1. re: Jerseygirl111

                                                  Love that pan. I have had my eye out for one. congrats!

                                                  1. re: foodieX2

                                                    Really? I have at least 2 of these and have never known what to use them for. Suggestions? [Heck, Didn't even know what they were called.]

                                                    1. re: smtucker

                                                      Ooh I will buy one! I have always thought they were cool looking, not sure how often I would use it but what a fun way to make bacon, eggs and fried potatoes.

                                                      1. re: foodieX2

                                                        My sister "stole" the nicely seasoned one. The one remaining pan is a Griswold, but it will need some fresh seasoning. It isn't pitted or damaged; just suffering from underuse. My email contact information is in my profile if you are serious. I would prefer that the pan live with someone who would actually use it.

                                                        1. re: smtucker

                                                          Wow!!! Totally serious!!! On my phone and can't figure out how to view contact info. Will get on my laptop and contact you in the AM! Thank you!!!!

                                                  2. re: Jerseygirl111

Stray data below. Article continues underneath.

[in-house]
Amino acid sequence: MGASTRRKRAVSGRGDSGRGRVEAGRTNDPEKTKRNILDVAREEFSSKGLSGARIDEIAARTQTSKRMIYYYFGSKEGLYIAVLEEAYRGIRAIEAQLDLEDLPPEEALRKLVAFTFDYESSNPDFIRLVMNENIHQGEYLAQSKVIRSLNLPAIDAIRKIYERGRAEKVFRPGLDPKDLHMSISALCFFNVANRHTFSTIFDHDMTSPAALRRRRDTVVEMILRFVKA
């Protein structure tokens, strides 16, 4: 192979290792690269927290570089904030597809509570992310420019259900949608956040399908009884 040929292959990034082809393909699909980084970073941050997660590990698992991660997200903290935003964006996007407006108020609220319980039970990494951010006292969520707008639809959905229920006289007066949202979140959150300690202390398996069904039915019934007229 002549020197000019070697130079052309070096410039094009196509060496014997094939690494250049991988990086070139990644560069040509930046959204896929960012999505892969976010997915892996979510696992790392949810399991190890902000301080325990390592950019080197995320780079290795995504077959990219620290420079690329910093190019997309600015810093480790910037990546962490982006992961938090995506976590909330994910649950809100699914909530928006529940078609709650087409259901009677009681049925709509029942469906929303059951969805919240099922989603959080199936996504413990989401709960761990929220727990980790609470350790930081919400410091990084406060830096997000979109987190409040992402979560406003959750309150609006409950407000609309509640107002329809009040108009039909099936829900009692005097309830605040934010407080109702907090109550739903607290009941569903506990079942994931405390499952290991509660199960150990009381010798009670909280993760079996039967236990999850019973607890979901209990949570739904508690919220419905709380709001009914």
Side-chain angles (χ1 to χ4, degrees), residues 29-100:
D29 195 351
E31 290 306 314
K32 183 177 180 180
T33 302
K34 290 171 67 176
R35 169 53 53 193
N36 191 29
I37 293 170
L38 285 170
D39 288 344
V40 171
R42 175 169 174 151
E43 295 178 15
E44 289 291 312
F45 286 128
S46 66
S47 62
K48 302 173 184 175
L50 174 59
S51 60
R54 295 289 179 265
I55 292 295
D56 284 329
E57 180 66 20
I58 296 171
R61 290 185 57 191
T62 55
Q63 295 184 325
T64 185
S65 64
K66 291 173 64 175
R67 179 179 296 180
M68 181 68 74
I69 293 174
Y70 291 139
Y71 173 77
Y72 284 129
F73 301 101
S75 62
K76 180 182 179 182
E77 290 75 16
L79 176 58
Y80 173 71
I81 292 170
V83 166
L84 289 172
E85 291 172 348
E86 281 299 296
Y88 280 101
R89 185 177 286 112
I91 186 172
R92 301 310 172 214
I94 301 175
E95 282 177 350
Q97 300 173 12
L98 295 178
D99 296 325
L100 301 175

I have two breakfast pans, a Wag and a Gris. I use them along with my hammered CI chicken fryer, as serving pieces for fajitas. Never did figure out what you could cook in the breakfast skillets.

                                                    1. re: Bigjim68

                                                      Bacon in the big area, an egg in each of the smalls?

                                                  3. They should pay you to haul them away!

                                                    10 Replies
                                                      1. re: zackly

                                                        I am surprised to read such a comment from someone who has professional kitchen experience. The OP got a good deal on equipment that will perform well and outlive her.

                                                        It's also shocking that some posters would rather have a new CI pan than one that has been used. Even if the seasoning has to be redone, the used pans are smoother and will perform better than even the "preseasoned" new ones.

                                                        1. re: greygarious

                                                          That's a lot of rust to remove! Unless you have power tools and the know how to remove the rust easily, I'd buy new ones.

                                                          1. re: zackly

                                                            Seriously?? Nothing but a little bit of elbow grease and some good fats will turn those pans into *better* than new.

                                                            It's such a shame we have become a society of "just buy new" when something needs a little a work. Its also a shame, albeit good for companies, to make things that are intended to break down so you have to buy new.

                                                            1. re: zackly

                                                              Do not use power tools to clean up CI. Vinegar, and steel wool will clean up your pans. I see a couple of pans a year that have had the power tool treatment. None have been repairable.

                                                              1. re: Bigjim68